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Thursday, April 22, 2010

Volatile freight rates as shipping recovers from the GFC.

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HSBC, the worlds largest bank, hosted a shipping conference on the 29th of March and I thought I'd share some of the information and ideas raised there by ship operators, ship yards, ship brokers and financiers that might be pertinent to followers of this blog. Freight Forwarders, like yours truly, seemed to be absent. The source of this information is HSBC's Shipping Day report.

Overall there was consensus that a slow recovery is underway however many operators are still delivering substantial losses and freight rates, particularly in the container sector, are likely to be very volatile in some trade lanes. I have personally seen this volatility and you have to be right on your game!

The volatility is being caused by carriers who have been hiking rates in order to try and get back into profitability and fluctuations in shipping capacity. Rate hikes the past 6 to 8 months has been due to carriers cutting their capacity as they have laid up vessels to ride out the downturn. The rules of "supply and demand" have kicked in.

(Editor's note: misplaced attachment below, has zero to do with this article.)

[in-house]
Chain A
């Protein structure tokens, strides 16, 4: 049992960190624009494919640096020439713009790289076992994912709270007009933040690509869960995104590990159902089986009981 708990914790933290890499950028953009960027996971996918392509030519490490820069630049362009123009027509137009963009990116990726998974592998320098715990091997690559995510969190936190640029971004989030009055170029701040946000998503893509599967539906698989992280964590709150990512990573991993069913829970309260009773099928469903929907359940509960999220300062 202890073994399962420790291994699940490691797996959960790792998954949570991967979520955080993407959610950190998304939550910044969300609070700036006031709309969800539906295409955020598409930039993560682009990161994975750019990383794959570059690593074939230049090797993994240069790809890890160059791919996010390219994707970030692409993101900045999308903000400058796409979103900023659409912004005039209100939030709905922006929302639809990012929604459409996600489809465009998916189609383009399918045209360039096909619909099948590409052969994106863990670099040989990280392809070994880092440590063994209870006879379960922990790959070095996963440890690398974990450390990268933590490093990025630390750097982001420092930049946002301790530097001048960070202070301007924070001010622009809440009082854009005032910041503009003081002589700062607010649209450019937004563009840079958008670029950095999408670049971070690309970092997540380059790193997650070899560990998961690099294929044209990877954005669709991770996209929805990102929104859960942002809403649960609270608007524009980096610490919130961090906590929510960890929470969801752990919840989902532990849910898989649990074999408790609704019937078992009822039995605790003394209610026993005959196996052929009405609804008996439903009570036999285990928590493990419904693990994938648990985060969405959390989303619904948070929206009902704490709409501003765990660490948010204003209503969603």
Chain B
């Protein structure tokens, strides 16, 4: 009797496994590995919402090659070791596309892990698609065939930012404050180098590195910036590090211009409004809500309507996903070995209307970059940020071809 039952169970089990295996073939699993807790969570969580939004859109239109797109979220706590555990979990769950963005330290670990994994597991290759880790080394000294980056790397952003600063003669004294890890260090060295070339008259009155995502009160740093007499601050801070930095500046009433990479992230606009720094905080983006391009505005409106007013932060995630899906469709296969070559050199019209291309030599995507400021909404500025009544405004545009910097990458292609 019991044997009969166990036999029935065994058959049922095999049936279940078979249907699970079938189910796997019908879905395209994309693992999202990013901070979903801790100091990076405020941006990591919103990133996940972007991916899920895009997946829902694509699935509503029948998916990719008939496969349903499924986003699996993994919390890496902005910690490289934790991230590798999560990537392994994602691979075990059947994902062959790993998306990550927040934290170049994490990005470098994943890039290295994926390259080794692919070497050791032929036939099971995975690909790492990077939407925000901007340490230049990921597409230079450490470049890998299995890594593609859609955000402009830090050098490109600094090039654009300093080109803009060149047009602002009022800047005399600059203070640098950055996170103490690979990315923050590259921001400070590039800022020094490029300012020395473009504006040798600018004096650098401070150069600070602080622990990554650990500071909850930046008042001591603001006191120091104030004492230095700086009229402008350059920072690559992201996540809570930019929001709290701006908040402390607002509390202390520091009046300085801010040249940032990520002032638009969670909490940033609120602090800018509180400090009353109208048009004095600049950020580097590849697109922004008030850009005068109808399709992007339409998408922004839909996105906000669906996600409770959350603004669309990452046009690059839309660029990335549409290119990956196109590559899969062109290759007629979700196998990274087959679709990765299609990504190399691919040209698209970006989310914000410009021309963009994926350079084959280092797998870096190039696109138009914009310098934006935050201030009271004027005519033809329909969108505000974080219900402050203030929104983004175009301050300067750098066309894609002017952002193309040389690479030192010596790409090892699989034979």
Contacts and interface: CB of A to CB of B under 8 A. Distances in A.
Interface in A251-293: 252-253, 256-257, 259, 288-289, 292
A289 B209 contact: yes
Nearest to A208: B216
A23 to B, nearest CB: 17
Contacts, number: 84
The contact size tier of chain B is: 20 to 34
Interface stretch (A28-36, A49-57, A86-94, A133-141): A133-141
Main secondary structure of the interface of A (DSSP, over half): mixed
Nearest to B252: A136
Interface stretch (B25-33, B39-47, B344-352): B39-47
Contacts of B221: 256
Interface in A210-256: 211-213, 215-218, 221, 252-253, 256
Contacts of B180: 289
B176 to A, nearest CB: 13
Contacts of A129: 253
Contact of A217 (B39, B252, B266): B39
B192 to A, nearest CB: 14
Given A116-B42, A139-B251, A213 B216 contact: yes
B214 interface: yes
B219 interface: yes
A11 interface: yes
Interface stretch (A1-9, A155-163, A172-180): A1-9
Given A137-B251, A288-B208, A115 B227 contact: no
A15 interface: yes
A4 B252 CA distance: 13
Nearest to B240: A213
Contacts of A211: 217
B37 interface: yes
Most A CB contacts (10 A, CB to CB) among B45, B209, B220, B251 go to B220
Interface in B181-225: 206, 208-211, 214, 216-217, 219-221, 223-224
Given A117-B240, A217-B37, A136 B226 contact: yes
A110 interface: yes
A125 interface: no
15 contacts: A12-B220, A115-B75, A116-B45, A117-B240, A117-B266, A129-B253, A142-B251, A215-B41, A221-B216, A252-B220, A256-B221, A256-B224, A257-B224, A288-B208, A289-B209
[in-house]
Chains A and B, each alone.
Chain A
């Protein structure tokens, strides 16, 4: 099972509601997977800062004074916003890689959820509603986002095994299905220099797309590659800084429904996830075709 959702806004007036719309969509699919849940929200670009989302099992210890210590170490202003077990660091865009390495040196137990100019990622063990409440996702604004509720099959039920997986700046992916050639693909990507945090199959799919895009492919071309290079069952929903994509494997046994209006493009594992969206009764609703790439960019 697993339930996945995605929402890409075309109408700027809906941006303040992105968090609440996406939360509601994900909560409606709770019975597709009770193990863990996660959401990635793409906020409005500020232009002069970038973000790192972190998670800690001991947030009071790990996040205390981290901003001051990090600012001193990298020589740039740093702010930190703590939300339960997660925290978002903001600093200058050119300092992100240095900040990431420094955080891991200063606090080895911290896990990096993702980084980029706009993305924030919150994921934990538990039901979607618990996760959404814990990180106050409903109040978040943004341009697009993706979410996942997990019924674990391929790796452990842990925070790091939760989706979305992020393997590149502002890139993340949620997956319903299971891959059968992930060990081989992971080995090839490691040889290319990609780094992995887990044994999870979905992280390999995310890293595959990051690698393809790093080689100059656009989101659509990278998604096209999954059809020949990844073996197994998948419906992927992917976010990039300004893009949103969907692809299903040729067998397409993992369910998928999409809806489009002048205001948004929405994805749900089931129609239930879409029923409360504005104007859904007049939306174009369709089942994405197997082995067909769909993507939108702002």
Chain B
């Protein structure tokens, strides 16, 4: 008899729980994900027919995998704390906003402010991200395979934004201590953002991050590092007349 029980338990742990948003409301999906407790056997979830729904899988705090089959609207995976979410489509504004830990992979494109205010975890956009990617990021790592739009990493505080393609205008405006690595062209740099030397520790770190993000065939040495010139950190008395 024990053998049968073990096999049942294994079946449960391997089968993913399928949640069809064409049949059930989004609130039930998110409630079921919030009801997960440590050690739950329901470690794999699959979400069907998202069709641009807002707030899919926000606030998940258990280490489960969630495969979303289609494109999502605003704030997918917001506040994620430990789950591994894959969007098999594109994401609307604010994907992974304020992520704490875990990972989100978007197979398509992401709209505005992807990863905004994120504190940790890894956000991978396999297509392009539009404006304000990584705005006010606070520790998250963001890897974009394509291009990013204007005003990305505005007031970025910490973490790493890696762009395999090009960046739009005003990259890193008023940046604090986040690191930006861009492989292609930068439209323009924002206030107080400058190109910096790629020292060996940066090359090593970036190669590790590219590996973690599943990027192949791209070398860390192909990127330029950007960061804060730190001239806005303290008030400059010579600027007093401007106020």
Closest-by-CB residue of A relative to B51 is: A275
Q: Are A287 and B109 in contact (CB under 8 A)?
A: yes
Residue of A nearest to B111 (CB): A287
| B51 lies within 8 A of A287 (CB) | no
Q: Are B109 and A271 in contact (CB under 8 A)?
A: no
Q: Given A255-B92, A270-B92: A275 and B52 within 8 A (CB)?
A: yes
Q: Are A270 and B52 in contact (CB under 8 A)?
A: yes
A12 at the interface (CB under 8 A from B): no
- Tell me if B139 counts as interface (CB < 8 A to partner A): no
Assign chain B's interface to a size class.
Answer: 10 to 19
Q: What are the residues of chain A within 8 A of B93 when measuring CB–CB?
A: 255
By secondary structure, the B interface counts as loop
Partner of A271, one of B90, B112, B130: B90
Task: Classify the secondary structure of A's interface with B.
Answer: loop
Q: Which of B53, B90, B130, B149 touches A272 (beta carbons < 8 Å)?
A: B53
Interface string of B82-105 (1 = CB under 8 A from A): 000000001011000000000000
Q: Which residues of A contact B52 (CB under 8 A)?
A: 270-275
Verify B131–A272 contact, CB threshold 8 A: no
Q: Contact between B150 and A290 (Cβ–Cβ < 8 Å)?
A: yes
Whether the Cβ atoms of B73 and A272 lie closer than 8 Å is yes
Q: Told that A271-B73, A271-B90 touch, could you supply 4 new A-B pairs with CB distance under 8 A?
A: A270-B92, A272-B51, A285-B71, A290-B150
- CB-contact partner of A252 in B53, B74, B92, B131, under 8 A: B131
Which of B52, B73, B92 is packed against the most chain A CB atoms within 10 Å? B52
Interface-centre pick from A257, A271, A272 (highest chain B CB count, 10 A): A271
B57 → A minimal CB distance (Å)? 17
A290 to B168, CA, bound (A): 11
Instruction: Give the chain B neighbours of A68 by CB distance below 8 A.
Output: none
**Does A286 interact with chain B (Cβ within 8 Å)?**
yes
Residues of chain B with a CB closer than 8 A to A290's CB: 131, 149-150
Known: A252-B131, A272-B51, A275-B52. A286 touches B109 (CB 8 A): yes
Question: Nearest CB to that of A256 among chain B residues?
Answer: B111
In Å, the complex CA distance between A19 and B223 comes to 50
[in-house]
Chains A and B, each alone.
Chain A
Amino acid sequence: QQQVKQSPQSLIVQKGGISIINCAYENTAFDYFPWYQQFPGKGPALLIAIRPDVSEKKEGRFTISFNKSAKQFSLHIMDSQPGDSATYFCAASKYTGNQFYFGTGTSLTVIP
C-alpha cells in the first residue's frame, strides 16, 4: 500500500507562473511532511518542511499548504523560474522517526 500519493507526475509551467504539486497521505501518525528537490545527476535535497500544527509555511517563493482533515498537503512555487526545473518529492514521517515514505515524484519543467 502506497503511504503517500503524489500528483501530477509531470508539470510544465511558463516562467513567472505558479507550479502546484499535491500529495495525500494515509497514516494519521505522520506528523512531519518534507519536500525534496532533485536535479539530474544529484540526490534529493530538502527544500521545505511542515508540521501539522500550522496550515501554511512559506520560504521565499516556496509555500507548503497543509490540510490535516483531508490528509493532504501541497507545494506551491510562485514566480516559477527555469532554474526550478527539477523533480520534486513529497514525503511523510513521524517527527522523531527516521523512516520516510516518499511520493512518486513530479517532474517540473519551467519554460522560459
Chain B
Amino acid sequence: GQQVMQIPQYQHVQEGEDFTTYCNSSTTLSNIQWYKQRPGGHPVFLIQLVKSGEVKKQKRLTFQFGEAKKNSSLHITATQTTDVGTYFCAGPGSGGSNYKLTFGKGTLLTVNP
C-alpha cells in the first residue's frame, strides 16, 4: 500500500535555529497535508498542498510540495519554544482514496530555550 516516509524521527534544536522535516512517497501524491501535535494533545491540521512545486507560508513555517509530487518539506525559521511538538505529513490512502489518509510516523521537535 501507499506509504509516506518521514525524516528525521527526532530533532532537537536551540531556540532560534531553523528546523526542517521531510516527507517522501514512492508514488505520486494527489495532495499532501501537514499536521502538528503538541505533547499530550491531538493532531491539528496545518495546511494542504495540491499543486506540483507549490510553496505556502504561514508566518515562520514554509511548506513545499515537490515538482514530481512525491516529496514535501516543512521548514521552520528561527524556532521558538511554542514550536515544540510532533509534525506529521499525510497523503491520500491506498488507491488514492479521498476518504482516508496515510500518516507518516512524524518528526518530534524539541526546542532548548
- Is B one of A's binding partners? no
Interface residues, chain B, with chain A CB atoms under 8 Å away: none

Capacity is now growing again though. Some carriers have started reactivating some of the ships they have laid up while at the same time there are new container ships being delivered from the ship yards that were ordered years ago(pre GFC) which are increasing capacity. HSBC report that most of these vessels are destined for Europe/Asia tradelanes. Rates have already dropped by about 10% as a result. Good news for shippers and freight forwarders. Overall it is concerning that there is still massive over-capacity in shipping globally.

We are also seeing the RoRo carriers contemplating bringing more vessels out of "lay up" so I suggest we will see similar volatility in freight rates in this sector soon which is likely to continue until demand and capacity stabilises.

Recovery in the bulker and tanker trades seems be happening faster and in fact the ship yards reported a preference to work in these sectors. The ship yards received almost no orders in 2009 and suffered from substantial deferments of orders as well.

So, all in all, still interesting times for shipping but I am heartened that recovery seems to be slowly underway even if there are still some rough seas ahead for a while.

All for now,

Brad Skelton

The Shipping Bloke.

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